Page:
At Philips we’ve embedded design thinking across a number of our business systems on corporate level. Our human centered approach to innovation led us to set up Cocreate. Our Cocreate methodology focuses on people and is built around three core beliefs. We always start by involving customers & users in solutions and product creation, ensuring that we’re innovating with them rather than for them. We also bring together people from different disciplines so we can access broader knowledge that you can’t find in a siloed way of working. This is underpinned by supporting participants to collaborate, explore opportunities and challenges, so that they can come up with breakthrough solutions. We may not end up where we originally intended, but we do address the real needs of our customers.
I encourage designers to embrace radical empathy and immerse themselves in the reality of user experiences.
Another crucial aspect of being a thinking designer is getting as close to the action as you can. I encourage designers to embrace radical empathy and immerse themselves in the reality of user experiences. How does a parent feel when they’re finding out their child’s diagnosis? How does a radiologist feel when they’ve got back to back appointments for an entire 12 hour shift? It’s only by rolling your sleeves up and entering into the thick of the action, living and sharing experiences, that you can really empathize and truly understand how to best service those in need. This quest to be where the action is happening isn’t always easy and means our designers develop strong stomachs, and of course one of the reasons they tend to wear black at Philips.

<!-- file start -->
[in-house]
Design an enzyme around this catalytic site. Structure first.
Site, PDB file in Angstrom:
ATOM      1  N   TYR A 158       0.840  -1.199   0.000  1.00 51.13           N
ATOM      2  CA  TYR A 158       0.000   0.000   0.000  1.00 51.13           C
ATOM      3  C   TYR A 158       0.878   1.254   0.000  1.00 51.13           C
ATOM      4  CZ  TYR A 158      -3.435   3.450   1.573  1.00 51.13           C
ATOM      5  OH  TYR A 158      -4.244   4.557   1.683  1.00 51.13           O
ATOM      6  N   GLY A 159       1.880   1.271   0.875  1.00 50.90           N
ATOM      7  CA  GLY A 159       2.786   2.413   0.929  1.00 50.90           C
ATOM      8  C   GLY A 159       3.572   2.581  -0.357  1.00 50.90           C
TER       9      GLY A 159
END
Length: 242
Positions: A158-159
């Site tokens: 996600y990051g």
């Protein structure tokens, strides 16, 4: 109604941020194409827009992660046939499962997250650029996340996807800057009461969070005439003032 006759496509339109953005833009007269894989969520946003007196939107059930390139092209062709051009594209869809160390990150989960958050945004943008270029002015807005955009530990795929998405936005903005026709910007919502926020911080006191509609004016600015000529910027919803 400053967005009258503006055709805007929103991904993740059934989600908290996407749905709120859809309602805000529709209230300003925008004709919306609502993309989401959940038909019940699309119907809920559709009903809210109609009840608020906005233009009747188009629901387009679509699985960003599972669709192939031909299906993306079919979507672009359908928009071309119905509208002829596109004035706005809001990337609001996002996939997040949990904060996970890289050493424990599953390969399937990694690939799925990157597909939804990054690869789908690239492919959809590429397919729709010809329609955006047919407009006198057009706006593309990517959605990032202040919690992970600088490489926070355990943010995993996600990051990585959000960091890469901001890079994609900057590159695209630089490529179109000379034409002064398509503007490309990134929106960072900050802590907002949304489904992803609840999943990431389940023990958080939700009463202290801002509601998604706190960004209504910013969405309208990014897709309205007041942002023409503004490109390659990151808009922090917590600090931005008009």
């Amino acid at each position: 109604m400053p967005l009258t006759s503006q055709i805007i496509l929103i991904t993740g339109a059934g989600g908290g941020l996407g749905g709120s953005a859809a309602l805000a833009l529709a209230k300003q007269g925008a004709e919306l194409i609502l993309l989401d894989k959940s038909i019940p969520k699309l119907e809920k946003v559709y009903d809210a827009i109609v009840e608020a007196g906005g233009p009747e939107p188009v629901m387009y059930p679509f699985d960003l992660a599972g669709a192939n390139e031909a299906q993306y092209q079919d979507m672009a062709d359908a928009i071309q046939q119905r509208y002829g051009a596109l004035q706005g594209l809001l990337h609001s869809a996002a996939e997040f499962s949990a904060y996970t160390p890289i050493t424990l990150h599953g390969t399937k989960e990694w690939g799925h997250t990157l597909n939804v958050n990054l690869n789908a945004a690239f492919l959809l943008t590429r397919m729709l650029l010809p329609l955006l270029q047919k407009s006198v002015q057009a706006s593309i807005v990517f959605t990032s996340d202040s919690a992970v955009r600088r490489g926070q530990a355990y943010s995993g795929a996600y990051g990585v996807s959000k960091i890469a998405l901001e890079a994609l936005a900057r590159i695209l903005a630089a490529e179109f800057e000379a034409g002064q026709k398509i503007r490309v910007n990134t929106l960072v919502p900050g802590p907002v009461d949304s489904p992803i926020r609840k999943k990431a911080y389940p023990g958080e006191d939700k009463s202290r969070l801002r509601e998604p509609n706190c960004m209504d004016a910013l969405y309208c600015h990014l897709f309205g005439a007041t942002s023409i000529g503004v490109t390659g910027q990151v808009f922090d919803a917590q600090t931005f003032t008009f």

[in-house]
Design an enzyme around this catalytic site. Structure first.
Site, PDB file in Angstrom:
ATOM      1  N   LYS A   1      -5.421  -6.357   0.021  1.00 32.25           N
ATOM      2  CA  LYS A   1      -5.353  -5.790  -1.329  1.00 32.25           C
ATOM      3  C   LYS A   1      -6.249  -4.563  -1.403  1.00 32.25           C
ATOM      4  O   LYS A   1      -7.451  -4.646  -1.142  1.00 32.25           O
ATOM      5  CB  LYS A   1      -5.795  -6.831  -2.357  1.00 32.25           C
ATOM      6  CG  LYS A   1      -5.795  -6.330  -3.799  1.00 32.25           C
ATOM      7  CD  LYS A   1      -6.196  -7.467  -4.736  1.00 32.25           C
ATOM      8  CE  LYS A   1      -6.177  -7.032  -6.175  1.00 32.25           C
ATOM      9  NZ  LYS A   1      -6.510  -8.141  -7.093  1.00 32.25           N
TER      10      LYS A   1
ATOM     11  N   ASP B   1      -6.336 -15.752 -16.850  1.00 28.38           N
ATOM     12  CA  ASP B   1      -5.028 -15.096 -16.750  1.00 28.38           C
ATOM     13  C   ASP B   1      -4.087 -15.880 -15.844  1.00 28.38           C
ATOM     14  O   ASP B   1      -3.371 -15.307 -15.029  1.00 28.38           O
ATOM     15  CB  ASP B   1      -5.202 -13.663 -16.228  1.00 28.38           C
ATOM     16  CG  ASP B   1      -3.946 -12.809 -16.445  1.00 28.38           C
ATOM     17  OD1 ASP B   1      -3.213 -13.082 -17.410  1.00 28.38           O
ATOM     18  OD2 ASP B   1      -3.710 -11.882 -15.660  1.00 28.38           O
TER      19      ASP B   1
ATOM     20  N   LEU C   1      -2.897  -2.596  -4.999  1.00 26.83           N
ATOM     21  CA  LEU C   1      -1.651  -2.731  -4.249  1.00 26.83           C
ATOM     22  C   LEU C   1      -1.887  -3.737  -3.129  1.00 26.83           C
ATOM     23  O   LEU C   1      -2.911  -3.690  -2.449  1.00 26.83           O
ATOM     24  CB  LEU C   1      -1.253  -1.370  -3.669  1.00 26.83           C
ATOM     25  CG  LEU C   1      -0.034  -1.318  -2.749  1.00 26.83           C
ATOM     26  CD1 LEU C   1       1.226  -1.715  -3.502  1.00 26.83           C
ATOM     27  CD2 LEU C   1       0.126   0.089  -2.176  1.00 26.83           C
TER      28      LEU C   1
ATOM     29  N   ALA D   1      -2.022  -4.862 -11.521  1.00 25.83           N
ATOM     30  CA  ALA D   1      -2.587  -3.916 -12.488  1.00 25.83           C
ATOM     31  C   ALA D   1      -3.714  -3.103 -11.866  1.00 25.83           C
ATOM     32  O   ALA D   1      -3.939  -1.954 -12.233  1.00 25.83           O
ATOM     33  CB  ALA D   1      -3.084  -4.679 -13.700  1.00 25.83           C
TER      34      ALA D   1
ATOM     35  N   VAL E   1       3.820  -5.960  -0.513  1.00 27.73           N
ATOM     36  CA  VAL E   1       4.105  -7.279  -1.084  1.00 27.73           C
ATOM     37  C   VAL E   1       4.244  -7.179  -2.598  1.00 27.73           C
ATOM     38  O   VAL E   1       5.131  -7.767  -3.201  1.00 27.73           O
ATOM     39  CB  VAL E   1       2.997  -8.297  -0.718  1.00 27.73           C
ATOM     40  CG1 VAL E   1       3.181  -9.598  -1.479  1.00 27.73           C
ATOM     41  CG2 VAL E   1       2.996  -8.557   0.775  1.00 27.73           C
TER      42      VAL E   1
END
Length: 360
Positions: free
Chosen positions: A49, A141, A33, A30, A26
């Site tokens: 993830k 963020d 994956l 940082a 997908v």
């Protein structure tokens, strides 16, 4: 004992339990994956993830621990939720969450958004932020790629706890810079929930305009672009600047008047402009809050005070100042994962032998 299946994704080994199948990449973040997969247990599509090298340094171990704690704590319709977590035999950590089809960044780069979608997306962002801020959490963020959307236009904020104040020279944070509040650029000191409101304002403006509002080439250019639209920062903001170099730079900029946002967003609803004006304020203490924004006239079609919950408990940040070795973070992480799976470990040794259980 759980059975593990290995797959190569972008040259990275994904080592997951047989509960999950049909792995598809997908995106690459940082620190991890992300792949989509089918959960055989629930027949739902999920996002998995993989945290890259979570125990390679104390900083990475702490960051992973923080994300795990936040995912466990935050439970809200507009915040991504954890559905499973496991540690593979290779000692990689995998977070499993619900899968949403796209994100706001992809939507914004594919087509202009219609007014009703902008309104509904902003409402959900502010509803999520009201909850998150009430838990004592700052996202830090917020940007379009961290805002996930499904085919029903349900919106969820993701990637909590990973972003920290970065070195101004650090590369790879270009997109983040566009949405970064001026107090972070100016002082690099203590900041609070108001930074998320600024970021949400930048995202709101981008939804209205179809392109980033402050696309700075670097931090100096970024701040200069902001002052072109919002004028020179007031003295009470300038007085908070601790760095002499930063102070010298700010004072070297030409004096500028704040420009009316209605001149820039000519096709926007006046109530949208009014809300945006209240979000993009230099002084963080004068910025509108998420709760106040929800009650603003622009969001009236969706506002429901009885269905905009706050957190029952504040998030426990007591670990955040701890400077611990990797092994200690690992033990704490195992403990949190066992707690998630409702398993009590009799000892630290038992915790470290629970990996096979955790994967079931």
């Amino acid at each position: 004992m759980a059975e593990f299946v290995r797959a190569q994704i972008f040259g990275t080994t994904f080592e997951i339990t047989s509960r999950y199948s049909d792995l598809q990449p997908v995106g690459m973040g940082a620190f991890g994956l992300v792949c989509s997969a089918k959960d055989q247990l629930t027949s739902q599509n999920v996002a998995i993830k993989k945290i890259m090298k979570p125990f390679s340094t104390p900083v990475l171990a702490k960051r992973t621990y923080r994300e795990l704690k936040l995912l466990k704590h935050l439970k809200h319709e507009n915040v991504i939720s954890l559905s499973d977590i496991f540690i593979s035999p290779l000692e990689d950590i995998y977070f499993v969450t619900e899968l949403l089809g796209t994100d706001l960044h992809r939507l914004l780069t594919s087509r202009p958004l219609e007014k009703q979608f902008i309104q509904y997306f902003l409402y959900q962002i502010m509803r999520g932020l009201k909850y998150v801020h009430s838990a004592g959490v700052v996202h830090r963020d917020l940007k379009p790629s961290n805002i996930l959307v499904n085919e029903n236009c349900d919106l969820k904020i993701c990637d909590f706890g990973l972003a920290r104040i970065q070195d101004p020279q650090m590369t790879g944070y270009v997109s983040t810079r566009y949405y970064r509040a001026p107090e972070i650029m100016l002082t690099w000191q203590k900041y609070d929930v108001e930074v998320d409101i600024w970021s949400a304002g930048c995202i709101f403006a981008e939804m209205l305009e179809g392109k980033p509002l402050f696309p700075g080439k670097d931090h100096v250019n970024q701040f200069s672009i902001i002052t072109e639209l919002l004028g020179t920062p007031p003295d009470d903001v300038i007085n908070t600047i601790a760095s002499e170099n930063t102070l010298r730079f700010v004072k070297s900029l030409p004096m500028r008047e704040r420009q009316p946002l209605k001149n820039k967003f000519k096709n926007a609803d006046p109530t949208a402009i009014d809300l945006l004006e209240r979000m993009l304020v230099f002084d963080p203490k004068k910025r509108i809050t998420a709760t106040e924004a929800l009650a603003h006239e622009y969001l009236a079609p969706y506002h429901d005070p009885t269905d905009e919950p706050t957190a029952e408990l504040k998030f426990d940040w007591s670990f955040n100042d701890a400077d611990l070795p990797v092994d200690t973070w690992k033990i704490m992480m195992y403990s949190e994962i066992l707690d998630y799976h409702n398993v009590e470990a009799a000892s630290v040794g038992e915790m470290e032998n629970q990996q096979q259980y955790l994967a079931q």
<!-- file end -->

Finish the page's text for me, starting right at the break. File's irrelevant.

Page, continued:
Diversity in thought, mindset and action is critical in designing the future of healthcare
I’ll give you an example of how this works. We design healthcare environments, all the way from a single-room-based-solution to entire hospitals. This doesn’t just involve our in-house design team but also some of the brightest minds in machine learning, artificial intelligence and medical technology. We’re fortunate to also have team members who are clinicians, former CIOs or CEOs of hospitals, former chief nursing officers, heads of cardiology or other departments, plus a team of more than 100 doctors from around the world who augment our knowledge. With such a rich knowledge base we can tackle issues from multiple angles. All of this is achieved with a combination of design thinkers and thinking designers who take a true human-centric approach. It truly excites me to work with the best and brightest staff to define and design the future of healthcare.
It truly excites me to work with the best and brightest staff to define and design the future of healthcare.
Design thinking helps us envision the intangible future
So, yes, I believe Design Thinking is a powerful approach to solving the challenges of healthcare, especially if you include designers, who are exceptional at their craft. Practicing designers that not only see the big picture, but can zoom into little human details that help get problems solved. When Design Thinking is applied in a manner that is true to its roots of embracing empathy, it opens up fresh perspectives that can tackle some of the major issues of our time. It establishes new avenues of exploration and possibilities. It helps us envision the intangible. And for Philips, it helps us shape the future of health and wellbeing.